Drone Hits Plane, Pilot Claims
A pilot claims a drone hit his British Airways Airbus A320 passenger plane as it approached London's Heathrow Airport on Sunday. There were 132 passengers and five crew on board. No injuries have been reported, and the plane was cleared for its next flight.
Considering that there are some 27,000 daily commercial aircraft flights in the US, in 25 years there have been only 37 incidents of wildlife strikes causing injuries or death.
“In 2014, there were 13,414 reported collisions with birds and flying mammals, counting incidents in which flocks of birds hit an aircraft as a single collision,” the researchers noted. “As there are on the order of 10 billion birds in US airspace, this means that plausibly one bird in 1 million collides with an aircraft every year.”
The George Mason study did acknowledge that there’s a lack of data on exactly what kind of damage a small drone can inflict on an airplane because turbines are only tested to see how they’ll handle bird strikes. However, a recent study conducted by Virginia Tech’s College of Engineering says 8-pound drones would have “devastating” effects if sucked into the turbofan engines of commercial aircrafts.
Computer-simulated tests showed an 8-pound drone would rip apart the fan blades of a 9-foot diameter turbofan engine during take-off in less than 1/200th of a second. Furthermore, the tests discovered that drone debris thrashing about inside the engine could reach speeds 715 miles per hour and could lead to catastrophic engine failure.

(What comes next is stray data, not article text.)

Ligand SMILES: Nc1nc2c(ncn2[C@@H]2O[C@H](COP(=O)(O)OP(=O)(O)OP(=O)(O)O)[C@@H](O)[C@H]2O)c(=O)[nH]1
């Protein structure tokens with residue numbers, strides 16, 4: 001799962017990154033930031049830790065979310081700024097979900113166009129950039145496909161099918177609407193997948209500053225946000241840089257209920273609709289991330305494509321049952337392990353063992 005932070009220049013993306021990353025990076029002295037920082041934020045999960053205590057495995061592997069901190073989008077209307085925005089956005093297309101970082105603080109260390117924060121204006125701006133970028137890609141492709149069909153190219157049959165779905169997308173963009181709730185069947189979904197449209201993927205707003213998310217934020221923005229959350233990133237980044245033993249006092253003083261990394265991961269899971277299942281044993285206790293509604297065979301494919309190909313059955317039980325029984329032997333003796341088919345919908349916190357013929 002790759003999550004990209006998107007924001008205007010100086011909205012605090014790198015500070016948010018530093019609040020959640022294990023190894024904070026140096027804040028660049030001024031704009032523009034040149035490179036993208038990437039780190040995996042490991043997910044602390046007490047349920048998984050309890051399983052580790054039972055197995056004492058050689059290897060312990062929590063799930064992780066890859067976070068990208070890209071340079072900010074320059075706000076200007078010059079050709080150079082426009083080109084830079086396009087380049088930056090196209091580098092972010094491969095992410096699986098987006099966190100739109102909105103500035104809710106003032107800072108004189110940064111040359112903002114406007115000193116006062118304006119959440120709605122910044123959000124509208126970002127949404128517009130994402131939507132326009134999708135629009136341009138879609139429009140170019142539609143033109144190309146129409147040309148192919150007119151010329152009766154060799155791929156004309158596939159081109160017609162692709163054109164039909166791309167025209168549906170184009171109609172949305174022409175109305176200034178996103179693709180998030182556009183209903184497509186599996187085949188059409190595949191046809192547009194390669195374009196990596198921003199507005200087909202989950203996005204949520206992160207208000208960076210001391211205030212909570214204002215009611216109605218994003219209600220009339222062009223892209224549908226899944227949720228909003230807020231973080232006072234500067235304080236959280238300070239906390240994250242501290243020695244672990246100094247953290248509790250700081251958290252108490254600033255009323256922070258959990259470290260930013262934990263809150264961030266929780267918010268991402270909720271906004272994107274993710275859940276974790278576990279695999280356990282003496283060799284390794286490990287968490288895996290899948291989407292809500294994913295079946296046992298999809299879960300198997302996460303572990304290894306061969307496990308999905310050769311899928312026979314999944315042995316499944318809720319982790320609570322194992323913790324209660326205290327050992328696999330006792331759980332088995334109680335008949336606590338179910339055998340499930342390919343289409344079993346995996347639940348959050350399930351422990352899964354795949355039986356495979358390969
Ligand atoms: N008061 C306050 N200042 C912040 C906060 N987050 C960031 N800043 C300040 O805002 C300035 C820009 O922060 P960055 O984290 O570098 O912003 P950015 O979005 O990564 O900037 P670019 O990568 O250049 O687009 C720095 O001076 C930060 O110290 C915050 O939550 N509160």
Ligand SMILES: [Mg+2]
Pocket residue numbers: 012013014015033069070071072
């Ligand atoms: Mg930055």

Chesley “Sully” Sullenberger, who safely landed a plane on the Hudson River in 2009, says a drone will cause a plane accident. “We’ve seen what a six-pound or an eight-pound bird can do to bring down an airplane,” Sullenberger said on “Face the Nation,” referencing the cause of the Miracle on the Hudson. “Imagine what a device containing hard parts like batteries and motors can do that might weigh 25 or possibly up to 55 pounds to bring down an airplane. It’s not a matter of if it will happen. It’s a matter of when it will happen.”
He also says that because drones continue to fall in price and are easy to get, people will “do stupid, reckless, dangerous things with abandon.”
“I’m heartened that the aviation and the legal authorities have raised the penalties for doing these things. Unfortunately, the essential element that’s still missing is the certainty of prosecution because it’s been difficult to catch them in the act. This must stop,” he says.